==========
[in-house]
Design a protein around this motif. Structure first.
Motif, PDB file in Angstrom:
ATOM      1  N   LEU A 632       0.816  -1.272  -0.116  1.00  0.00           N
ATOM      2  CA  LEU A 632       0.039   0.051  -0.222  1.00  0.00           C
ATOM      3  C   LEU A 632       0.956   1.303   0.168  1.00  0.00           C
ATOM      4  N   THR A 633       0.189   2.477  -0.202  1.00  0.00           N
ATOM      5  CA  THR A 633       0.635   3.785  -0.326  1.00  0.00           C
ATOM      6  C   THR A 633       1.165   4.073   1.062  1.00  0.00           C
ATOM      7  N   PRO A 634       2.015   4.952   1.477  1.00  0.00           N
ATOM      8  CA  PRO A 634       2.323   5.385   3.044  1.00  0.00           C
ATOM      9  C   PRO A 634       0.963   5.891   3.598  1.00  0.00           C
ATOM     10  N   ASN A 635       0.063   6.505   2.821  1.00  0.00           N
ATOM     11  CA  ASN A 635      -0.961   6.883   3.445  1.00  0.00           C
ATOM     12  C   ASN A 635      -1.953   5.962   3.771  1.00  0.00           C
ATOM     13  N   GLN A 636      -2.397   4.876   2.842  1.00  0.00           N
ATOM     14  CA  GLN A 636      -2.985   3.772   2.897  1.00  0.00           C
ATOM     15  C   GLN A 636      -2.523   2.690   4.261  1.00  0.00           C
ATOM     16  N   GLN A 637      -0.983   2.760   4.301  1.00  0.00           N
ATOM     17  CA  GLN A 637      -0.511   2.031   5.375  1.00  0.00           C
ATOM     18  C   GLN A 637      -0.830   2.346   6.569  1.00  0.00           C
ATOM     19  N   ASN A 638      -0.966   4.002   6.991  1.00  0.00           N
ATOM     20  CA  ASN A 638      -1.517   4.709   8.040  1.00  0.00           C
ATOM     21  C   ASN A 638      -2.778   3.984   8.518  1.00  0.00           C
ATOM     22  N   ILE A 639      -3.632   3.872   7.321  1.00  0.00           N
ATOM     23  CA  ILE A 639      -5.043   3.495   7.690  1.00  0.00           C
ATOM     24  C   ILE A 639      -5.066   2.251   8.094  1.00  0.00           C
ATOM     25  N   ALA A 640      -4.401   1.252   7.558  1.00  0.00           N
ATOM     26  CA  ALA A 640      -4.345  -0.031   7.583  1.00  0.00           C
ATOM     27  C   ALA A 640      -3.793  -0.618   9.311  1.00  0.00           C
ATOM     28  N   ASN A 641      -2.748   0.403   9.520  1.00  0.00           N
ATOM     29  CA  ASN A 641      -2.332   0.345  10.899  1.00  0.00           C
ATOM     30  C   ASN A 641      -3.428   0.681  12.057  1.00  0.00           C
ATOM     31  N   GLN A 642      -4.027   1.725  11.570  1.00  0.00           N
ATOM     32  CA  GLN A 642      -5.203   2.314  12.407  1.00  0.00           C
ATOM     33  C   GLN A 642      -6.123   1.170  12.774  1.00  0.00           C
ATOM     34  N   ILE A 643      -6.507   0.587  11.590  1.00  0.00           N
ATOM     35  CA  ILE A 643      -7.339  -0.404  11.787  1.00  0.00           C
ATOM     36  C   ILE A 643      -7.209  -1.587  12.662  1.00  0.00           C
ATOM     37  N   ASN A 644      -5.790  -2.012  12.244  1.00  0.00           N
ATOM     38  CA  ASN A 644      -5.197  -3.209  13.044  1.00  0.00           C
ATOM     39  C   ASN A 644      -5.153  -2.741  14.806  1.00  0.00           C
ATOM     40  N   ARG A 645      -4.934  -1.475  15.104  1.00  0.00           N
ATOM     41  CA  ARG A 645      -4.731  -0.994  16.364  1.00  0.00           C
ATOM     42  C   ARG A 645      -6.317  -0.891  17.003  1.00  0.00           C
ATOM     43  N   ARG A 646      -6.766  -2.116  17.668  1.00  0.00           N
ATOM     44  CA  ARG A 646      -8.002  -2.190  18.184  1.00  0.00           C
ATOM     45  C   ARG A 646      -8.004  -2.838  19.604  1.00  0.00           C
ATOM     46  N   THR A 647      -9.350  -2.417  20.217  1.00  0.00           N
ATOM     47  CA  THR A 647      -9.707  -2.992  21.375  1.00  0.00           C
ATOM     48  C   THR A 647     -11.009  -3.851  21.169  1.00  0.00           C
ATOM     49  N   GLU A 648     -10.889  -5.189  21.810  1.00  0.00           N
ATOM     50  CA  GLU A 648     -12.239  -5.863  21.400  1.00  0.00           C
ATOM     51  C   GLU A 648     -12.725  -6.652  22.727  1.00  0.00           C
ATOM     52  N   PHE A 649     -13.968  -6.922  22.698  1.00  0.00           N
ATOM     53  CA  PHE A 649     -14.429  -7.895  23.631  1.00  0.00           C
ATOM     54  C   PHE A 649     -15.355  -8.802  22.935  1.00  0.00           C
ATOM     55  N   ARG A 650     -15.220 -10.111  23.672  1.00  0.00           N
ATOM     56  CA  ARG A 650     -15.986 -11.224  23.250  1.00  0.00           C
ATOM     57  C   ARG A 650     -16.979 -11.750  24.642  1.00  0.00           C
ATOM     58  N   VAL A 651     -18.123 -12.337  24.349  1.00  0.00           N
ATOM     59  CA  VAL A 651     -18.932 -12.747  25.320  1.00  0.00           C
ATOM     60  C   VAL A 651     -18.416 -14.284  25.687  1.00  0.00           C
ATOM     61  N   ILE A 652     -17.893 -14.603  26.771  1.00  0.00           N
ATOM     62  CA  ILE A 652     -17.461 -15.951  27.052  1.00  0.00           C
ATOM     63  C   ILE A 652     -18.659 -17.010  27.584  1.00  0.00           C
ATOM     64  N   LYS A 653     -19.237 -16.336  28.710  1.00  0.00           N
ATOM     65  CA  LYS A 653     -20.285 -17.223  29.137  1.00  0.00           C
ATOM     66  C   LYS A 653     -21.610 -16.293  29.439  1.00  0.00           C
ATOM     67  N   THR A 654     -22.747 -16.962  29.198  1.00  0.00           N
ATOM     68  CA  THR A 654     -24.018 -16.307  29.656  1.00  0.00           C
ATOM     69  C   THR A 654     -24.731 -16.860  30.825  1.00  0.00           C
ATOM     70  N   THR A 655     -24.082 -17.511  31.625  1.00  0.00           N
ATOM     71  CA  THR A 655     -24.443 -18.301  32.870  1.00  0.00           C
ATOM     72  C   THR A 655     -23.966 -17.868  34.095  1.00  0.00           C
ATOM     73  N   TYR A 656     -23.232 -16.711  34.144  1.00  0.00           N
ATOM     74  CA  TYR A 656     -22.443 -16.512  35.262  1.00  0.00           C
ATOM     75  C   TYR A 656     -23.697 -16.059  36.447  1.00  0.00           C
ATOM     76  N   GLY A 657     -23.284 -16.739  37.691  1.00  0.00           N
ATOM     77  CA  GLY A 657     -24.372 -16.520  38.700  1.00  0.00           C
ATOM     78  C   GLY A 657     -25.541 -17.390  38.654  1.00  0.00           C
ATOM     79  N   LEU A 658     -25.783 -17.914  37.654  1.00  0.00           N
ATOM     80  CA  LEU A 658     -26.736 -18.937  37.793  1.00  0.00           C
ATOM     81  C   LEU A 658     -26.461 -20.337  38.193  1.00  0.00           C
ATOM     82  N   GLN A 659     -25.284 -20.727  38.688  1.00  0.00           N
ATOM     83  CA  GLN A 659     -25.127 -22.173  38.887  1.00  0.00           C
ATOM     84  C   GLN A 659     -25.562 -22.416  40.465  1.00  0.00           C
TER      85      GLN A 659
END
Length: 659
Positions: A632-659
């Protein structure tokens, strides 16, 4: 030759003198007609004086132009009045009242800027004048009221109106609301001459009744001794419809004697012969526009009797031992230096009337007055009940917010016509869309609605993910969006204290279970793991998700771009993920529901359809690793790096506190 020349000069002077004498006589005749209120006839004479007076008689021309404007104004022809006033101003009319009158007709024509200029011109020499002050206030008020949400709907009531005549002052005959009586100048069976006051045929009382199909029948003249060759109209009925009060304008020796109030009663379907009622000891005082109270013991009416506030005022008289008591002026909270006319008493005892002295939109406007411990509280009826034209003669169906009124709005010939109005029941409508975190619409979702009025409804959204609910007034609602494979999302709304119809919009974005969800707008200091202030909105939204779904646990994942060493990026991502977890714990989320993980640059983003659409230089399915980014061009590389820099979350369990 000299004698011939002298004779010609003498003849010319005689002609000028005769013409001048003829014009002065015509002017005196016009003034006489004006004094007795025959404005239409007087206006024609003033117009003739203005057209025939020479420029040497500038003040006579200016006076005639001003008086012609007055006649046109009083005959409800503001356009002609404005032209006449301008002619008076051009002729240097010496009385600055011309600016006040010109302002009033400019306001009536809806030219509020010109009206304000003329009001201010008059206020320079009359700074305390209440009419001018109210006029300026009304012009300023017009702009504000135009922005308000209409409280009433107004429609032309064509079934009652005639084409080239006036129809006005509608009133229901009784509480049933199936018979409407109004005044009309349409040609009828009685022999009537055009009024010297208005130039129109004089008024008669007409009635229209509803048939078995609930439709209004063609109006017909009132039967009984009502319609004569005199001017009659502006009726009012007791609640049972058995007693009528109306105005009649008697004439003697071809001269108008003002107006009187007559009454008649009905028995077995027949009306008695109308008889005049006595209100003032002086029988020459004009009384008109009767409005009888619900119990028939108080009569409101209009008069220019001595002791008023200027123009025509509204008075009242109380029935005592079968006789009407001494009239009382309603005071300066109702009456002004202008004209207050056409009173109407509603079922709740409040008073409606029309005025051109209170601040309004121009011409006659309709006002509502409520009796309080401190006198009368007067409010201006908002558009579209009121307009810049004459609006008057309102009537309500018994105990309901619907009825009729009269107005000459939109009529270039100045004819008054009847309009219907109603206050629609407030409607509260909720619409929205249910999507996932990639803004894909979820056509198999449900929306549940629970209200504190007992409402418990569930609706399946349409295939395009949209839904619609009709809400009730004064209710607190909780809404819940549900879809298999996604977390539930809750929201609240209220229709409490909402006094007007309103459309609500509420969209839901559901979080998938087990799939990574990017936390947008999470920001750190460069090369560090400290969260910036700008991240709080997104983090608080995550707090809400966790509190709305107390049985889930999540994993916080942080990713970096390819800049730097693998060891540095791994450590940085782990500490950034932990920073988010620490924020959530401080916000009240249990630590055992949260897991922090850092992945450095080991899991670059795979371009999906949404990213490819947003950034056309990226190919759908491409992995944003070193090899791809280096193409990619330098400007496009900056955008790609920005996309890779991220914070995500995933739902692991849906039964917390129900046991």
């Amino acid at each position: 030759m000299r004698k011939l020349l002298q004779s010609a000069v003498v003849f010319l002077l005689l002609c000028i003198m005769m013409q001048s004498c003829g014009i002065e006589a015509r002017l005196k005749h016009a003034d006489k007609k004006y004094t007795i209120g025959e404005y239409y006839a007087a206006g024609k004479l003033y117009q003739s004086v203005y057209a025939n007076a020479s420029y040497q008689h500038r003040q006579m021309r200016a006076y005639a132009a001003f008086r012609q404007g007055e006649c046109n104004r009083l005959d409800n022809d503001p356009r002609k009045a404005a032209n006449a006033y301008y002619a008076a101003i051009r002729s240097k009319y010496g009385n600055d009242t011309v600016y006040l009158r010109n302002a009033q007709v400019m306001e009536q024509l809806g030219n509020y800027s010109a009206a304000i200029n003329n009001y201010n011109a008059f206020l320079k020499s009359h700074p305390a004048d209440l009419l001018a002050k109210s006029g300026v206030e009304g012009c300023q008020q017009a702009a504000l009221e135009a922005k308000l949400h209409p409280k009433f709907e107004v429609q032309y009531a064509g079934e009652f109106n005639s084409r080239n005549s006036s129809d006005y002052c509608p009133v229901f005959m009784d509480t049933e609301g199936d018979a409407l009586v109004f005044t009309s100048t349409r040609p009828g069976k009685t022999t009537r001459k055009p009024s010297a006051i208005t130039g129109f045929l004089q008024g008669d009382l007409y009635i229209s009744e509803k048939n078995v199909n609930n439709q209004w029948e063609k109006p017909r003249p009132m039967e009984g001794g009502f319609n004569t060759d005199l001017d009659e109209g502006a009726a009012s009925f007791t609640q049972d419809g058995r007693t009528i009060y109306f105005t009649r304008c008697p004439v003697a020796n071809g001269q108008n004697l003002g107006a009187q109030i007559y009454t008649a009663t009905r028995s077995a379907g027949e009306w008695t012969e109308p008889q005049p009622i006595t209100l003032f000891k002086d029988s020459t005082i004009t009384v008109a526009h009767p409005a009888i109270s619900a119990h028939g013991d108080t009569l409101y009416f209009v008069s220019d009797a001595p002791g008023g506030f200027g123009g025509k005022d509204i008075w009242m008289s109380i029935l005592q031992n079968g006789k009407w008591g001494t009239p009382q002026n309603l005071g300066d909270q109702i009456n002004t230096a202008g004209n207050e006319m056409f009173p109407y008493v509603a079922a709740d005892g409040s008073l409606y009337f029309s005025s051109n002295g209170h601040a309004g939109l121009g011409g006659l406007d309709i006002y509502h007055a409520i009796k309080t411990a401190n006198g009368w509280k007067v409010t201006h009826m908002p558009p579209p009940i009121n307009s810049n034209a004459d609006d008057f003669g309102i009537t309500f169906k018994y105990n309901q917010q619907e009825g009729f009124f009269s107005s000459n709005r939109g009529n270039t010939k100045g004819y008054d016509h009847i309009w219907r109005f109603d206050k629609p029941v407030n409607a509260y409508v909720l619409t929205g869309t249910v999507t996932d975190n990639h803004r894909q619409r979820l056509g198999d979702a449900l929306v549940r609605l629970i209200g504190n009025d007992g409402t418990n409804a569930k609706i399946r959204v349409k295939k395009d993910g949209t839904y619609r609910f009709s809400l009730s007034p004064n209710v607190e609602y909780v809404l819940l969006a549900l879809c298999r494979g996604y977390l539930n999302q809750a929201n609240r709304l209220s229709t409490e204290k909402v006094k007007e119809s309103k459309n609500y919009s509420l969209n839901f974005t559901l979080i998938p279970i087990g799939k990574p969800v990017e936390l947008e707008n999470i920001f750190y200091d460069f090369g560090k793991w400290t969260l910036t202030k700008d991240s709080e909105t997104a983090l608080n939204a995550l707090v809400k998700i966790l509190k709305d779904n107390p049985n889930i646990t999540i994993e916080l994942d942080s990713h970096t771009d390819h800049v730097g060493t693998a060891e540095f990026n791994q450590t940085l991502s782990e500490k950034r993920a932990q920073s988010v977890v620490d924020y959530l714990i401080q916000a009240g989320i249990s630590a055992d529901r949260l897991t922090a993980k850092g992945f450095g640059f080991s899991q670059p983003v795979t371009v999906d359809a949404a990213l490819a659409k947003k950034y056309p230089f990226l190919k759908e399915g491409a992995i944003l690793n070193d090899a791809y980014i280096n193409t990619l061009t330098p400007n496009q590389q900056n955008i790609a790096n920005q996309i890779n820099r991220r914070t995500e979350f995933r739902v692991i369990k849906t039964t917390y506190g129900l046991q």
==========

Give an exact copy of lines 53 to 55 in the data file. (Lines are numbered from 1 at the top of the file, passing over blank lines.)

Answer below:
ATOM     50  CA  GLU A 648     -12.239  -5.863  21.400  1.00  0.00           C
ATOM     51  C   GLU A 648     -12.725  -6.652  22.727  1.00  0.00           C
ATOM     52  N   PHE A 649     -13.968  -6.922  22.698  1.00  0.00           N